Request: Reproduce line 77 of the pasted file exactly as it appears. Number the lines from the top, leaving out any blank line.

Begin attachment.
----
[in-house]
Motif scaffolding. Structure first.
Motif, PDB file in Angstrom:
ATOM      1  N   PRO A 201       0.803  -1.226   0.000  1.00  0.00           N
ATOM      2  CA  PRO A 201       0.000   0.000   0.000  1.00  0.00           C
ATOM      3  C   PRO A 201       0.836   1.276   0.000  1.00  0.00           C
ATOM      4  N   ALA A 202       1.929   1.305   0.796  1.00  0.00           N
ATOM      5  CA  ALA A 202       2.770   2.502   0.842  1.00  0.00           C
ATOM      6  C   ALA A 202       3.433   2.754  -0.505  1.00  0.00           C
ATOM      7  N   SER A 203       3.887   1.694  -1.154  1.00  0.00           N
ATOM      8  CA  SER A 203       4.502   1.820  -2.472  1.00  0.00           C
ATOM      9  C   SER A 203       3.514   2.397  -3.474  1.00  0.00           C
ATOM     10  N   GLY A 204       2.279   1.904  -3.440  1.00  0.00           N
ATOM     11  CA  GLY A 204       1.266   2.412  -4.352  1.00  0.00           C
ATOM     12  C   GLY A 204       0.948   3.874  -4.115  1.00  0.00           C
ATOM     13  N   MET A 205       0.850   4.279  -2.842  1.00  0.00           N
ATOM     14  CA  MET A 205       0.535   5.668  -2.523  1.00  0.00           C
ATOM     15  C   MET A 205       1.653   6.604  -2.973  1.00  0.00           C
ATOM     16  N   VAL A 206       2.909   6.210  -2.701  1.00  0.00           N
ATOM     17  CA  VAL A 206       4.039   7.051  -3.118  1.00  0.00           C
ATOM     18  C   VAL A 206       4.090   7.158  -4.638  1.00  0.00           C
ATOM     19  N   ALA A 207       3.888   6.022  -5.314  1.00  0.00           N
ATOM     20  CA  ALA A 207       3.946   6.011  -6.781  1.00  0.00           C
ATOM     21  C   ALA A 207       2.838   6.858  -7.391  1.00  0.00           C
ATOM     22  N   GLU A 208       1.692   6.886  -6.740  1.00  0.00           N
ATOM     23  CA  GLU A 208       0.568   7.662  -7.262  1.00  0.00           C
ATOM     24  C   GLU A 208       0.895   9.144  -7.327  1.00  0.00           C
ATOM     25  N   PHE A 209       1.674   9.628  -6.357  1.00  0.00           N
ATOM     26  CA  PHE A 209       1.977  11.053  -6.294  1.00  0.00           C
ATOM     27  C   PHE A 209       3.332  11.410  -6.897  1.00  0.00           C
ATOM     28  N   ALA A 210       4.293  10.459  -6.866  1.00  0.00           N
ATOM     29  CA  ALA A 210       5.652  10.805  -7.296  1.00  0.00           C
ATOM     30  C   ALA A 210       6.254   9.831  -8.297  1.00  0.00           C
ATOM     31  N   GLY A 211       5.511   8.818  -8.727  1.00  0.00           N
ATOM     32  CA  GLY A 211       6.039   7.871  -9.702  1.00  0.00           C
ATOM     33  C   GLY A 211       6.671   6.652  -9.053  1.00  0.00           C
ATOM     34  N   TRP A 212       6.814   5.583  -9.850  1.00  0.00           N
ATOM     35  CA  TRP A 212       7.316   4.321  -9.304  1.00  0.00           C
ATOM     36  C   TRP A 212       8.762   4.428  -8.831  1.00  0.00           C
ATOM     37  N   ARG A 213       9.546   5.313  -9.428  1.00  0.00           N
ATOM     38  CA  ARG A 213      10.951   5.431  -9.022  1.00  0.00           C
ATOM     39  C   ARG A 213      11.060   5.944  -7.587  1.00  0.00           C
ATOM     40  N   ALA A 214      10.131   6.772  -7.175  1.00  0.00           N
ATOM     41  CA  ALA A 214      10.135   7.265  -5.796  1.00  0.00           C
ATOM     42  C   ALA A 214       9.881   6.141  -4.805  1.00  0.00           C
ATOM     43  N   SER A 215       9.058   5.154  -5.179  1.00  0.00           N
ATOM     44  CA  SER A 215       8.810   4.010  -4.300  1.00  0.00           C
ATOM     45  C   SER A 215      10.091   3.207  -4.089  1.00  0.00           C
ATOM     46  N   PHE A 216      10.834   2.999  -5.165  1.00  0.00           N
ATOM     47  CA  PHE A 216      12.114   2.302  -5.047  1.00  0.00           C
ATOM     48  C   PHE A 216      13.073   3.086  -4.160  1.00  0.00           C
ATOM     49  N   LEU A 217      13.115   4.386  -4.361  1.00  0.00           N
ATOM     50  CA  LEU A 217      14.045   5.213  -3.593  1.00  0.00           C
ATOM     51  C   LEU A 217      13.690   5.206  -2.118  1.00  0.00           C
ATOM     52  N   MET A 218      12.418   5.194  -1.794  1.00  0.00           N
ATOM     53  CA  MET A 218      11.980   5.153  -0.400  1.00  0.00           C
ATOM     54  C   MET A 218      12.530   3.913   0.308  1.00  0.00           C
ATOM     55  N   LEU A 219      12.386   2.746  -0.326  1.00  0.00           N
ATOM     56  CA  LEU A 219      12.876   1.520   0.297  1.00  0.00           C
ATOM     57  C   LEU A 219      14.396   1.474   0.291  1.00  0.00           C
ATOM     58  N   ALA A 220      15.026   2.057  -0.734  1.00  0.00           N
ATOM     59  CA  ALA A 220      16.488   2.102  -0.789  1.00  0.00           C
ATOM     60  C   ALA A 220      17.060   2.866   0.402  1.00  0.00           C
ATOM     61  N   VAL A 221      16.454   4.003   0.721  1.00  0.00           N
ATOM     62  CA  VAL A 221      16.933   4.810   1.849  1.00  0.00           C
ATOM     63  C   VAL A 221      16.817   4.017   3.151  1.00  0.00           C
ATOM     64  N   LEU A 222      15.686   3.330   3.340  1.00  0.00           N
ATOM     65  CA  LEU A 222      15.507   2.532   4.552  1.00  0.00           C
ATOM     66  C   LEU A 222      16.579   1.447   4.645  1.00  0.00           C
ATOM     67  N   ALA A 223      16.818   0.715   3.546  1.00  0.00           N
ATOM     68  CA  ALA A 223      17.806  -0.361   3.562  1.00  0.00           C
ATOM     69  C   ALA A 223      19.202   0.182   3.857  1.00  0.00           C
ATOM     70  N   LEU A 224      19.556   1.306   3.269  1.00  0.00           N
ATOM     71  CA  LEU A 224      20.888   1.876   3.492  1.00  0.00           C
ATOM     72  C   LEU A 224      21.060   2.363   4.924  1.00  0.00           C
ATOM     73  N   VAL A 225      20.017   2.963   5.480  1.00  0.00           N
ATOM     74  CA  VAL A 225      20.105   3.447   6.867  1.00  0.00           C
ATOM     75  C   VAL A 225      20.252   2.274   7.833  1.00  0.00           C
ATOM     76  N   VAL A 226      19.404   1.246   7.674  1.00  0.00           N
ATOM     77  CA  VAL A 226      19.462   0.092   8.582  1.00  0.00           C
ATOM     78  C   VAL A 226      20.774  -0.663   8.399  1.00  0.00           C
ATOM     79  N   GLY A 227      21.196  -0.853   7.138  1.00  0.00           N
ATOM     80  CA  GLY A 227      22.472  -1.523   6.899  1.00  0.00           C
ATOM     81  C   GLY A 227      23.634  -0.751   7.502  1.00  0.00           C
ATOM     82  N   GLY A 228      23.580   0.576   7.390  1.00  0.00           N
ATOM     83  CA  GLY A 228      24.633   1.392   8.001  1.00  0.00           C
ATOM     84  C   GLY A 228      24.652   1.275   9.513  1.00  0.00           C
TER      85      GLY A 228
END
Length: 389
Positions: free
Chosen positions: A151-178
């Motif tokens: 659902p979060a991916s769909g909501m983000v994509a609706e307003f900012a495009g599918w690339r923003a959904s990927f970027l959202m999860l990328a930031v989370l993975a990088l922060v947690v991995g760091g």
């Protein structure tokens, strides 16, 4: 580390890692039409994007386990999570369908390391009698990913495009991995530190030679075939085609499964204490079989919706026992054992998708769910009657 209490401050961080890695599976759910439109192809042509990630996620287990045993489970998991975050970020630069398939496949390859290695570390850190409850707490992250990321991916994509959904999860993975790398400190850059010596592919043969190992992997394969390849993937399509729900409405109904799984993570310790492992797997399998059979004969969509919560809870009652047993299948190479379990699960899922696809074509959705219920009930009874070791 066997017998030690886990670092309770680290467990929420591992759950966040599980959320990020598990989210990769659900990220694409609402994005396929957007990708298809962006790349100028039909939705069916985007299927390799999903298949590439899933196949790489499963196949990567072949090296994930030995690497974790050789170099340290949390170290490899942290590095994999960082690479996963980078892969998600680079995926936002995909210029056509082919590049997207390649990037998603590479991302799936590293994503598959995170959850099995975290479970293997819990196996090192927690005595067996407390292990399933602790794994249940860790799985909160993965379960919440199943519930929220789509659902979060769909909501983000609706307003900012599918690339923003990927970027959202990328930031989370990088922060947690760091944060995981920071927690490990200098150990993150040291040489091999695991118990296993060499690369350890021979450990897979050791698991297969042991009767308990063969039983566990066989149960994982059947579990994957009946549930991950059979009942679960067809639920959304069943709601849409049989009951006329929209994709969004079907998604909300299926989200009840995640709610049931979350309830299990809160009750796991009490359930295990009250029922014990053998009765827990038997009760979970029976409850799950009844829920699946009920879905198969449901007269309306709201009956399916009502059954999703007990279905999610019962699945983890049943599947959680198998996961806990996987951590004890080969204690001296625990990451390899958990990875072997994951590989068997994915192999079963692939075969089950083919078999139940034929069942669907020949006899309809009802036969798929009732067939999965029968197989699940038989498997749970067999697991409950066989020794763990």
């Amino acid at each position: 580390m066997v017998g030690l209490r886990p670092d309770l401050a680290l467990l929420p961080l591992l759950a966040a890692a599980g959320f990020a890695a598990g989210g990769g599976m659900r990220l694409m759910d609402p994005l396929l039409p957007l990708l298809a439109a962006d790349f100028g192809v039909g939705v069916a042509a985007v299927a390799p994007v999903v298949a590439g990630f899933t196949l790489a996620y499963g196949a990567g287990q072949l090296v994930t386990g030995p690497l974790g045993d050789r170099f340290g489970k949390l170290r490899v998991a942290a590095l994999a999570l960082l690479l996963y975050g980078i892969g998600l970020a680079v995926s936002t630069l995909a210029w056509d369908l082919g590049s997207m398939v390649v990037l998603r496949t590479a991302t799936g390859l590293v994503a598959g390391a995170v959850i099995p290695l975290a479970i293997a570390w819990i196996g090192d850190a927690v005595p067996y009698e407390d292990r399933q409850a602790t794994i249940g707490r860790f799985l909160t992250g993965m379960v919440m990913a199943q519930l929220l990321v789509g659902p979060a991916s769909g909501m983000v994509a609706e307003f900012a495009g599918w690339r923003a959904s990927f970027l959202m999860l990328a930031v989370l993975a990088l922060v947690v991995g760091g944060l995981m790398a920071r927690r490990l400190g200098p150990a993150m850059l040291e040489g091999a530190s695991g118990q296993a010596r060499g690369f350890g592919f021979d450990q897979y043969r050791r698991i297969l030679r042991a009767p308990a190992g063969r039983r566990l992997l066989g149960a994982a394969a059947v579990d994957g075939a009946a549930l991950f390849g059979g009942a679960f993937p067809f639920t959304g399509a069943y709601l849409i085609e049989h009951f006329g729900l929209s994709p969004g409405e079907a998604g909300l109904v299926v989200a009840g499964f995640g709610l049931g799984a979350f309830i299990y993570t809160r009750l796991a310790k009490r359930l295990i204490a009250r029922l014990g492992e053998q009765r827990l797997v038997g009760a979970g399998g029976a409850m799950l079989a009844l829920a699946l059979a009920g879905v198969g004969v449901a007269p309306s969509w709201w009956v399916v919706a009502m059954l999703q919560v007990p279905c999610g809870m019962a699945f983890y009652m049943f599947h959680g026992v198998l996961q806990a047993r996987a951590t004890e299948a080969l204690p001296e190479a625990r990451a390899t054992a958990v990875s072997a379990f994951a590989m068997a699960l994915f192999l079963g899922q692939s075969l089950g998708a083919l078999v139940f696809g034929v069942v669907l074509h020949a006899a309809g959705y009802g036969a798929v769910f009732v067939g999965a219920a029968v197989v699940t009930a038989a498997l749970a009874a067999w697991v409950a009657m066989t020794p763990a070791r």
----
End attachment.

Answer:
ATOM     74  CA  VAL A 225      20.105   3.447   6.867  1.00  0.00           C